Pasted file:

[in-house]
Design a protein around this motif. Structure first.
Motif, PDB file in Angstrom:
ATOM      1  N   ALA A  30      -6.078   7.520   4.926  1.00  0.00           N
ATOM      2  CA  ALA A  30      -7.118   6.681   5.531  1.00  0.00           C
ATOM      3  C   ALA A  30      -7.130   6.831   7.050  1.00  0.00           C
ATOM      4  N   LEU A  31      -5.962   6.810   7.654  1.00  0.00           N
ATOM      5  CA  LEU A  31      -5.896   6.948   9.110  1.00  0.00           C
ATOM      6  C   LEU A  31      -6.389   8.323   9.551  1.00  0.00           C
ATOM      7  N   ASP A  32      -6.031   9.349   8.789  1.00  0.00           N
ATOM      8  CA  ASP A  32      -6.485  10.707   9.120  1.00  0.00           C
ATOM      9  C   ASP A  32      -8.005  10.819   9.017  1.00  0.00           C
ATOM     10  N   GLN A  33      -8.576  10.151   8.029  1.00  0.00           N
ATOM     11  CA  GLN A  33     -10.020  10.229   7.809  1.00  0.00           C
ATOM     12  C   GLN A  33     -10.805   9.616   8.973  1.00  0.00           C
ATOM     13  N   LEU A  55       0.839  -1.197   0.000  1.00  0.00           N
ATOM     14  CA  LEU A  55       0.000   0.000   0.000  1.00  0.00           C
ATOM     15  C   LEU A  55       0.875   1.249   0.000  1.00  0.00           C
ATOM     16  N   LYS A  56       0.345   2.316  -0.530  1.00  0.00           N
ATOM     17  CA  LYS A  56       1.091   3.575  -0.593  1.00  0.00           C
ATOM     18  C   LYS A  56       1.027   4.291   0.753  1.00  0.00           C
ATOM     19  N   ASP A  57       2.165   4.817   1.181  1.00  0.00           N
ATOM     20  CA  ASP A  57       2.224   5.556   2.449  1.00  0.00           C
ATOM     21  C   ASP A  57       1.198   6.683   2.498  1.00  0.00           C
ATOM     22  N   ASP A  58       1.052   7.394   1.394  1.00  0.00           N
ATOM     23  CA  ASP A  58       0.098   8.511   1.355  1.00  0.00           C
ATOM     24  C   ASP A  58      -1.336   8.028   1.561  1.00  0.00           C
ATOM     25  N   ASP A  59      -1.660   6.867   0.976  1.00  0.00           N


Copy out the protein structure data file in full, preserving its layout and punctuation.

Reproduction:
[in-house]
Design a protein around this motif. Structure first.
Motif, PDB file in Angstrom:
ATOM      1  N   ALA A  30      -6.078   7.520   4.926  1.00  0.00           N
ATOM      2  CA  ALA A  30      -7.118   6.681   5.531  1.00  0.00           C
ATOM      3  C   ALA A  30      -7.130   6.831   7.050  1.00  0.00           C
ATOM      4  N   LEU A  31      -5.962   6.810   7.654  1.00  0.00           N
ATOM      5  CA  LEU A  31      -5.896   6.948   9.110  1.00  0.00           C
ATOM      6  C   LEU A  31      -6.389   8.323   9.551  1.00  0.00           C
ATOM      7  N   ASP A  32      -6.031   9.349   8.789  1.00  0.00           N
ATOM      8  CA  ASP A  32      -6.485  10.707   9.120  1.00  0.00           C
ATOM      9  C   ASP A  32      -8.005  10.819   9.017  1.00  0.00           C
ATOM     10  N   GLN A  33      -8.576  10.151   8.029  1.00  0.00           N
ATOM     11  CA  GLN A  33     -10.020  10.229   7.809  1.00  0.00           C
ATOM     12  C   GLN A  33     -10.805   9.616   8.973  1.00  0.00           C
ATOM     13  N   LEU A  55       0.839  -1.197   0.000  1.00  0.00           N
ATOM     14  CA  LEU A  55       0.000   0.000   0.000  1.00  0.00           C
ATOM     15  C   LEU A  55       0.875   1.249   0.000  1.00  0.00           C
ATOM     16  N   LYS A  56       0.345   2.316  -0.530  1.00  0.00           N
ATOM     17  CA  LYS A  56       1.091   3.575  -0.593  1.00  0.00           C
ATOM     18  C   LYS A  56       1.027   4.291   0.753  1.00  0.00           C
ATOM     19  N   ASP A  57       2.165   4.817   1.181  1.00  0.00           N
ATOM     20  CA  ASP A  57       2.224   5.556   2.449  1.00  0.00           C
ATOM     21  C   ASP A  57       1.198   6.683   2.498  1.00  0.00           C
ATOM     22  N   ASP A  58       1.052   7.394   1.394  1.00  0.00           N
ATOM     23  CA  ASP A  58       0.098   8.511   1.355  1.00  0.00           C
ATOM     24  C   ASP A  58      -1.336   8.028   1.561  1.00  0.00           C
ATOM     25  N   ASP A  59      -1.660   6.867   0.976  1.00  0.00           N